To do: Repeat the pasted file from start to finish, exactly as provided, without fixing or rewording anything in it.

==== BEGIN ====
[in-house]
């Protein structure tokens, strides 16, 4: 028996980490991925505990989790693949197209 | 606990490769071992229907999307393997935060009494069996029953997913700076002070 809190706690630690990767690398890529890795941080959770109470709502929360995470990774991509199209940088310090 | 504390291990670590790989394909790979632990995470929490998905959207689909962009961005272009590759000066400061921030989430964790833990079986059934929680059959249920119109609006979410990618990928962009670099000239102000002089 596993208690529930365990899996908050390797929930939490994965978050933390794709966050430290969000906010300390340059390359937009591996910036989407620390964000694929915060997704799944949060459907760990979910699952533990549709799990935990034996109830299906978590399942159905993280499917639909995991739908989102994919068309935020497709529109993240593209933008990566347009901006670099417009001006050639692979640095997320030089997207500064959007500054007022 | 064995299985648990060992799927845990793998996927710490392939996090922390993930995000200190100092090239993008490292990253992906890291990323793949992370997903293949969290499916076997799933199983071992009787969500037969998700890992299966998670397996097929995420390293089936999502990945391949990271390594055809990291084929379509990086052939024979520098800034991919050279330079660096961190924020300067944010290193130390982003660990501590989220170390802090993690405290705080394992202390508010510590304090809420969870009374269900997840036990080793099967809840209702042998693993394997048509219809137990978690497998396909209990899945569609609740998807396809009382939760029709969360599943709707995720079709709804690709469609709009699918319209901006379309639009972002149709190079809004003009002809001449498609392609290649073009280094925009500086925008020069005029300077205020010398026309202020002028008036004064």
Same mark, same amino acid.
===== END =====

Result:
[in-house]
């Protein structure tokens, strides 16, 4: 028996980490991925505990989790693949197209 | 606990490769071992229907999307393997935060009494069996029953997913700076002070 809190706690630690990767690398890529890795941080959770109470709502929360995470990774991509199209940088310090 | 504390291990670590790989394909790979632990995470929490998905959207689909962009961005272009590759000066400061921030989430964790833990079986059934929680059959249920119109609006979410990618990928962009670099000239102000002089 596993208690529930365990899996908050390797929930939490994965978050933390794709966050430290969000906010300390340059390359937009591996910036989407620390964000694929915060997704799944949060459907760990979910699952533990549709799990935990034996109830299906978590399942159905993280499917639909995991739908989102994919068309935020497709529109993240593209933008990566347009901006670099417009001006050639692979640095997320030089997207500064959007500054007022 | 064995299985648990060992799927845990793998996927710490392939996090922390993930995000200190100092090239993008490292990253992906890291990323793949992370997903293949969290499916076997799933199983071992009787969500037969998700890992299966998670397996097929995420390293089936999502990945391949990271390594055809990291084929379509990086052939024979520098800034991919050279330079660096961190924020300067944010290193130390982003660990501590989220170390802090993690405290705080394992202390508010510590304090809420969870009374269900997840036990080793099967809840209702042998693993394997048509219809137990978690497998396909209990899945569609609740998807396809009382939760029709969360599943709707995720079709709804690709469609709009699918319209901006379309639009972002149709190079809004003009002809001449498609392609290649073009280094925009500086925008020069005029300077205020010398026309202020002028008036004064």
Same mark, same amino acid.